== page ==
As discussed in our first blog this month (“When in Rome”—Recognizing and Adapting to Organizational Culture), an organization’s culture is “a living, breathing, evolving aspect of an organization that differentiates it from other, otherwise similar organizations.” The culture of any organization is impacted by a set of intentional actions as well as the unintentional norms and behaviors of team members. The constantly evolving nature of an organization’s culture makes it difficult to establish, maintain, and/or change.
For many leaders, it is easy to put pen to paper and come up with a description of the organization’s culture. In fact, the act of documenting an organization’s culture has raised the profile of many companies. For example, Netflix made headlines when it published their culture deckfor the world to see, though not every organization chooses to document their culture in such a way. The hard part is developing and nurturing the organization’s culture or, even harder still, changing the existing culture of an organization.
The culture of an organization can be introduced, refined, and reinforced through all phases of the employee lifecycle. From outreach and recruitment, to onboarding, development, and retention, and ending with off-boarding, the policies, practices, and procedures of an organization have a direct impact on culture.
Have you taken the time to think about your organization’s culture lately? What do your policies, procedures, and actions say about your organization’s culture to your employees?
Below are a few questions to help you on the path towards actively managing the culture of your organization throughout the employee lifecycle.
- Does your brand align with your organization’s culture?
- How does your social media presence support and convey your culture?
- Do your organization’s job postings accurately articulate key cultural elements and expectations?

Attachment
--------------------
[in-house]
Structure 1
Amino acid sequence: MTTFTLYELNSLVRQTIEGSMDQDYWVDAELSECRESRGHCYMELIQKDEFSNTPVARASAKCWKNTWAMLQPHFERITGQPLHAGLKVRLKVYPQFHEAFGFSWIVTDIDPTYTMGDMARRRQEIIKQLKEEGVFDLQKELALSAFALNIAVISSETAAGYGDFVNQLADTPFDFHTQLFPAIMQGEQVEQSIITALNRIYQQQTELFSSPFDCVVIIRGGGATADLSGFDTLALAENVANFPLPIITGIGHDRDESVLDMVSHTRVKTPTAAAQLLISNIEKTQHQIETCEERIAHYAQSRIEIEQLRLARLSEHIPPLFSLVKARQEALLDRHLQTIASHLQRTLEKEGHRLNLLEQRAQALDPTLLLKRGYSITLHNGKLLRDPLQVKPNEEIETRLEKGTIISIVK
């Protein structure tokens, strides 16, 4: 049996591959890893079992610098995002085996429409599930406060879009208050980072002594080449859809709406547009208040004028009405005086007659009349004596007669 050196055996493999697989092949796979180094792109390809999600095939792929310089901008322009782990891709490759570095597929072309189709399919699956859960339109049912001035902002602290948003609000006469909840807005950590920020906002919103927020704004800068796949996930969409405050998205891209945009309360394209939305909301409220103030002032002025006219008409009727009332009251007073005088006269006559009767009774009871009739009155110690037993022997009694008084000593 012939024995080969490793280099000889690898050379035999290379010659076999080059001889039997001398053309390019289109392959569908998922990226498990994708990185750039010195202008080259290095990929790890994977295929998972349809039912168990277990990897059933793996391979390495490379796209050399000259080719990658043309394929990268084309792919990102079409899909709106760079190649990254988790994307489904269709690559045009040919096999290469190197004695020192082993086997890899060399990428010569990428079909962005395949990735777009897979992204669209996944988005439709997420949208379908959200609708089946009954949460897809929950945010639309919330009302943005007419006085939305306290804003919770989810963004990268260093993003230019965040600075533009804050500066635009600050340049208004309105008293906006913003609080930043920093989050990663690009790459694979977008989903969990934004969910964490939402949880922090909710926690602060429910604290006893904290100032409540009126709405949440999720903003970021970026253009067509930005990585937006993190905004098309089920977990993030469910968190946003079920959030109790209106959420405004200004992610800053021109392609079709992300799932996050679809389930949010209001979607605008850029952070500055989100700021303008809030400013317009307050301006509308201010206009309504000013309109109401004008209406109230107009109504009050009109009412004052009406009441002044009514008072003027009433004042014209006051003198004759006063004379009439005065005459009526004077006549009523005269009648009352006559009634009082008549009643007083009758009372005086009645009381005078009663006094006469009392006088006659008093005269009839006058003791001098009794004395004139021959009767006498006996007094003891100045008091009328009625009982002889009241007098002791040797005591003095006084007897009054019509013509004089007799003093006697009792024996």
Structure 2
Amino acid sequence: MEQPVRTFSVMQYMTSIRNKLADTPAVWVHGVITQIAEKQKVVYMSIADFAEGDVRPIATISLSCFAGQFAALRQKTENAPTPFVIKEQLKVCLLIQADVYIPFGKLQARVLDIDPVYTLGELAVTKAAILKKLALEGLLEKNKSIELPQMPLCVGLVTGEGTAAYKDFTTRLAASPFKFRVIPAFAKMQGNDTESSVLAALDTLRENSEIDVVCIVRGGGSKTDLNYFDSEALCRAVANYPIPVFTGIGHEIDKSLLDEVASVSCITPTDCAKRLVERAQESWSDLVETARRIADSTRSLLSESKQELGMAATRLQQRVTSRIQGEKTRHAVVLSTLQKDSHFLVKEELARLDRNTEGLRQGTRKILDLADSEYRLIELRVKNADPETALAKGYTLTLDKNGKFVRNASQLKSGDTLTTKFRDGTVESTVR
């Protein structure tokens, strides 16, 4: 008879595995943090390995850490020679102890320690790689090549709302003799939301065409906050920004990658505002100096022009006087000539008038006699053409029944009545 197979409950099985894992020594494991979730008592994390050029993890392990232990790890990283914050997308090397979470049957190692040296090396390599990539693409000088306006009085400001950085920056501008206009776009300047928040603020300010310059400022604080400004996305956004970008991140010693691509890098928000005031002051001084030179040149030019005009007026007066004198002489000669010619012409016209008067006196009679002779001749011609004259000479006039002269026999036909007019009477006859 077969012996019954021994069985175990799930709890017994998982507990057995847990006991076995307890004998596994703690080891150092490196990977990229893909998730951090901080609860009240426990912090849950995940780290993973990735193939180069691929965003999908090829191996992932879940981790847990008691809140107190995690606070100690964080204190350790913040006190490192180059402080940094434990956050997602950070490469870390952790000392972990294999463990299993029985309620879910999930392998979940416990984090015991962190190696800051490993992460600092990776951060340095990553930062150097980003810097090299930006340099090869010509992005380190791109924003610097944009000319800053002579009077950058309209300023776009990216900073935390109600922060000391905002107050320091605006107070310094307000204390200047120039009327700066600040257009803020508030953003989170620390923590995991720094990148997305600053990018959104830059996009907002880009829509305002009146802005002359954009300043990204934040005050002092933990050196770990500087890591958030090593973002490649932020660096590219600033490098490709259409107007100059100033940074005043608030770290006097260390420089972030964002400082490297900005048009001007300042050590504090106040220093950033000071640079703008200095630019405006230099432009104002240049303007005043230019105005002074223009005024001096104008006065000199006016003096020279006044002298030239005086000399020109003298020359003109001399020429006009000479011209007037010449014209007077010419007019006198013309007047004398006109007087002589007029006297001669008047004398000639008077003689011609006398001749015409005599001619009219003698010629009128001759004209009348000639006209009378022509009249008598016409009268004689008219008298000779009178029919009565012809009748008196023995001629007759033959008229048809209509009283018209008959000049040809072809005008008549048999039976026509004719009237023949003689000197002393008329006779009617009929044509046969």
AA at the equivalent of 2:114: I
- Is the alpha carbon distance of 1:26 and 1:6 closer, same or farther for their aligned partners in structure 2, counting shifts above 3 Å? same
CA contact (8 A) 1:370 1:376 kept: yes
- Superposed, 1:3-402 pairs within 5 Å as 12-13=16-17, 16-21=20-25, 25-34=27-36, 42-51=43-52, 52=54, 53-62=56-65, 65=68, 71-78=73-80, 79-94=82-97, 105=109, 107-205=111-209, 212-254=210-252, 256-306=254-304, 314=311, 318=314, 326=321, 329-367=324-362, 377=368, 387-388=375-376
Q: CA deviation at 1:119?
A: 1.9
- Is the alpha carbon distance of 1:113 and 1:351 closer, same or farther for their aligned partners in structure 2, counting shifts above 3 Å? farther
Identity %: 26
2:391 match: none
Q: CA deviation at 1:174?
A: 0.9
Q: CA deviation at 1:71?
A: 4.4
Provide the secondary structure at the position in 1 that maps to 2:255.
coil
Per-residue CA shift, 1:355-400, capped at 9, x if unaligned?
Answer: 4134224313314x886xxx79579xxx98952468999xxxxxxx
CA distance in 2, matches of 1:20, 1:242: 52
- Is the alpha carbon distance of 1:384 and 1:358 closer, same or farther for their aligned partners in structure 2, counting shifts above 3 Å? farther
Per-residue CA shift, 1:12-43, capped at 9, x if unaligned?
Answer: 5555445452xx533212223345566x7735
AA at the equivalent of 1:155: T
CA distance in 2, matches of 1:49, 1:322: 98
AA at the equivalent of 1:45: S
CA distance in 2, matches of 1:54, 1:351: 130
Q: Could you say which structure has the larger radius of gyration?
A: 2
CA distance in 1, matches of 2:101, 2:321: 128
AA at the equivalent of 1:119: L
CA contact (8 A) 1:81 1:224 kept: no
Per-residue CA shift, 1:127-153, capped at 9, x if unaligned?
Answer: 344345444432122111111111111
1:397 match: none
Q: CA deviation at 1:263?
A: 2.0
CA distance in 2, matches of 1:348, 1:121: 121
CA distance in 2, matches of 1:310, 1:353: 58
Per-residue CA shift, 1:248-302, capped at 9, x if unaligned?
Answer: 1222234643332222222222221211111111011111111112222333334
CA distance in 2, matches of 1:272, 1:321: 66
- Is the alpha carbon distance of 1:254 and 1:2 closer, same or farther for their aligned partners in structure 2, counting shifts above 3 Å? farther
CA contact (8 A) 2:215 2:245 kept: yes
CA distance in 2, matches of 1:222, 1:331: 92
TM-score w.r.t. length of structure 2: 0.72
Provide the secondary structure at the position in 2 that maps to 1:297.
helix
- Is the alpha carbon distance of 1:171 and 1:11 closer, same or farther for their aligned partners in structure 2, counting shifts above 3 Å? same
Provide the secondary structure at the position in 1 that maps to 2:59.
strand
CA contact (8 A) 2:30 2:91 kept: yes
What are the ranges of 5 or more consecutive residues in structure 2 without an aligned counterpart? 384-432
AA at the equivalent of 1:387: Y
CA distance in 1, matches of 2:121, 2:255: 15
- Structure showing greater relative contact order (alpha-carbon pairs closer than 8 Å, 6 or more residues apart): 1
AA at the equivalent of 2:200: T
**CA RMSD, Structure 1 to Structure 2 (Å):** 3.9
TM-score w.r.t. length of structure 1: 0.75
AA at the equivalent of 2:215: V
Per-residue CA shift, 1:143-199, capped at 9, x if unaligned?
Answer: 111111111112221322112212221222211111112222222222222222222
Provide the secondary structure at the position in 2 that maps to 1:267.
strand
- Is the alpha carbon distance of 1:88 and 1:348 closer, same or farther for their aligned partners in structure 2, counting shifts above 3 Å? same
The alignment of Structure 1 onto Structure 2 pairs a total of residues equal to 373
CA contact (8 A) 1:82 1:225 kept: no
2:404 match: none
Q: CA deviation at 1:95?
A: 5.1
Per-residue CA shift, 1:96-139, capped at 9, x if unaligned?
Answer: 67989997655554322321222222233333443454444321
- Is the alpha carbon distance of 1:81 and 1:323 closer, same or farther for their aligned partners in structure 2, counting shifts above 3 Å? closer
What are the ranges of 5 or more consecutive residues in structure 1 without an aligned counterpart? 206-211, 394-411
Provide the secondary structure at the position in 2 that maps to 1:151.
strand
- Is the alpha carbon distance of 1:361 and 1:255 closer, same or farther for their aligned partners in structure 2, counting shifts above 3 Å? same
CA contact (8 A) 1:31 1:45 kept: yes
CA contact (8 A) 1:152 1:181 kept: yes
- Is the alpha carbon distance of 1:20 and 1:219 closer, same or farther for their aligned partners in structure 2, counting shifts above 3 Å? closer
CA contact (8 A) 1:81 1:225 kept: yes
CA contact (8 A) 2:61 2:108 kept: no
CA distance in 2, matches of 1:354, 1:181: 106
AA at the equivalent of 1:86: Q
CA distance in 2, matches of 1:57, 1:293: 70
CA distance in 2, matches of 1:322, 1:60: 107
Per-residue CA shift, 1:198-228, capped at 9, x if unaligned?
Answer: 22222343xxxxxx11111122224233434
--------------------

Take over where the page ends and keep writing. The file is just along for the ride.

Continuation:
- Is the overall candidate experience aligned with your organization’s culture?
- Does your interview process—both from an internal and candidate perspective—communicate and support your culture?
- Does your recruitment and selection process result in high quality candidates that buy-in to the culture?
- Does your onboarding process ‘fit’ with your organization’s culture?
- Are key facets of your culture explicitly communicated during the onboarding process?
- What are supervisors and peers communicating to new hires about your organization’s culture?
- Overall, is your learning and development program aligned with and in support of your organization’s culture?
- Are your learning and development activities unintentionally contributing to your organization’s culture (e.g., who does or does not receive training)?
- How does your culture treat employees who stretch to be innovative or who want to take calculated risks and are not afraid to fail? Does that align with your organization’s desired culture?
- Does your performance management system align with and support your organization’s culture?
- How does your compensation philosophy reflect the culture of your organization? Who gets rewarded? Who doesn’t?
- Are you unintentionally communicating or reinforcing undesirable aspects of your culture through promotions or other forms of public recognition?
- Do you handle employee departures (voluntary and involuntary) in a way that is reflective of your organization’s culture?
- Do you listen openly and honestly to what departing employees are telling you or do you make excuses and rationalize what you are hearing? Does your answer align with your culture?
- How do you treat departing employees (and the teams they are leaving)? Is this reflective of the culture you want within your organization?
One last thing—it is equally important to understand and work to manage the unintentional aspects of your organization’s culture. While you can intentionally create processes and communicate messages that align with and reinforce your desired culture, the unintentional aspects, such as employee interactions, supervisor-employee interactions, and unwritten rules, are the ones that bring culture to life and therefore require equal attention.
Interested in learning more about how FMP can help you establish, refine, reinforce, or change your organization’s culture? Contact usto start the conversation about how FMP can partner with you to actively manage the culture of your organization.